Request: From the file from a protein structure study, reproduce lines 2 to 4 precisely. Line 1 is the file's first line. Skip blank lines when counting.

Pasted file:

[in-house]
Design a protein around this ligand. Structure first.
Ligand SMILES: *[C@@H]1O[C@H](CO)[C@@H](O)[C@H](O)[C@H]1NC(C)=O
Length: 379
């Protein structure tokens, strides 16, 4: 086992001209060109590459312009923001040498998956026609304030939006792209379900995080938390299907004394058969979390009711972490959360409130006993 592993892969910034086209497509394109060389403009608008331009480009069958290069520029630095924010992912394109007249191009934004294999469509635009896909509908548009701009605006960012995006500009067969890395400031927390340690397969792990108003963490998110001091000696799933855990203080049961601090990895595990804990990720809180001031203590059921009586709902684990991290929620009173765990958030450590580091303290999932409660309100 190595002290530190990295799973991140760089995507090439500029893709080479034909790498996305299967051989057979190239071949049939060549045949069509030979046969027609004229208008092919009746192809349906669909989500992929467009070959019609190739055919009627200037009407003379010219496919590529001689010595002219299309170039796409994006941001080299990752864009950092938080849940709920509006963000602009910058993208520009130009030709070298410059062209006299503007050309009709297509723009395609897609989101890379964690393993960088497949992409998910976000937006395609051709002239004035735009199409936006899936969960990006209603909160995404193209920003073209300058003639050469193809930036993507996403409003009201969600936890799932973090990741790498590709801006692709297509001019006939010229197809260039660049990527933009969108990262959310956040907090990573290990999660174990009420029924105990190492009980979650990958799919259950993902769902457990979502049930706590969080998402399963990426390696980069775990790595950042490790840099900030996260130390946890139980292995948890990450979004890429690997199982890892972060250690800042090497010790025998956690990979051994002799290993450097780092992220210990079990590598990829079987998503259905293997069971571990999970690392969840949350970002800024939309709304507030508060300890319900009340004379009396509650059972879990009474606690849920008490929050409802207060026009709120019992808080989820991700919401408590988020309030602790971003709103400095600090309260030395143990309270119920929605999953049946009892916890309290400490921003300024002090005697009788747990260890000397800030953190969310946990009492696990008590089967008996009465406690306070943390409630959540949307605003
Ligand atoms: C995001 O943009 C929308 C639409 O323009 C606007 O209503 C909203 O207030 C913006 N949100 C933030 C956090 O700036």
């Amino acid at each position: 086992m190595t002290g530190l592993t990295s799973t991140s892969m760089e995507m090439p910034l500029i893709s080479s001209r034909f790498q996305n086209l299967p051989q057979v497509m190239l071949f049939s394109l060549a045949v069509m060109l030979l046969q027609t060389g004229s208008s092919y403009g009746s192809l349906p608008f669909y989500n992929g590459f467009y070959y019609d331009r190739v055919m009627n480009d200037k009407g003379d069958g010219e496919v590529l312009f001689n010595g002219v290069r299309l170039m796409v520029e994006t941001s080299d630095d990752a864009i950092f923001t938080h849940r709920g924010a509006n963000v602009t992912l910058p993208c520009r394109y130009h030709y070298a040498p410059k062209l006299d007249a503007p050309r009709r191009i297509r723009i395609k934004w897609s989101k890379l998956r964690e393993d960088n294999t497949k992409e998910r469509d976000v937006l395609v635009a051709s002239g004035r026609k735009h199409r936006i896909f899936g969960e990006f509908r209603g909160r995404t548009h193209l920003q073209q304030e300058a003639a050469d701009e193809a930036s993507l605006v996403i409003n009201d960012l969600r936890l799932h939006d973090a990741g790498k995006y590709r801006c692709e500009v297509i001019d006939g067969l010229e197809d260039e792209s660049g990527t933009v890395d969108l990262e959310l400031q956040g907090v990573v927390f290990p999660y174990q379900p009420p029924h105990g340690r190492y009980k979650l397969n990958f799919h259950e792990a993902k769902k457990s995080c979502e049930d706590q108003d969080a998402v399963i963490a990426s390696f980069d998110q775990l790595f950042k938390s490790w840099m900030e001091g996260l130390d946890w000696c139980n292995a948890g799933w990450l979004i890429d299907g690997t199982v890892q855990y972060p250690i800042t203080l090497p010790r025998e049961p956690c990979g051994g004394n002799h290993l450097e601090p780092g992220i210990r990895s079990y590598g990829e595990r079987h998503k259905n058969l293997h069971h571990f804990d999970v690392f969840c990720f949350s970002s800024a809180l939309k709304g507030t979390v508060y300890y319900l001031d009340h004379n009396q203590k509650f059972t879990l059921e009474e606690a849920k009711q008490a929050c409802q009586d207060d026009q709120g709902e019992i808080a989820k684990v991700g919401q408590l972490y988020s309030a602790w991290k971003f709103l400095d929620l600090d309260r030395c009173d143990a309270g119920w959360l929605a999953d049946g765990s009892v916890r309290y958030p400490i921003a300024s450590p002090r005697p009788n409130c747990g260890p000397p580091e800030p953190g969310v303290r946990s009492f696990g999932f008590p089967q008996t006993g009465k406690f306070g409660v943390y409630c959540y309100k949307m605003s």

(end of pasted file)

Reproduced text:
Design a protein around this ligand. Structure first.
Ligand SMILES: *[C@@H]1O[C@H](CO)[C@@H](O)[C@H](O)[C@H]1NC(C)=O
Length: 379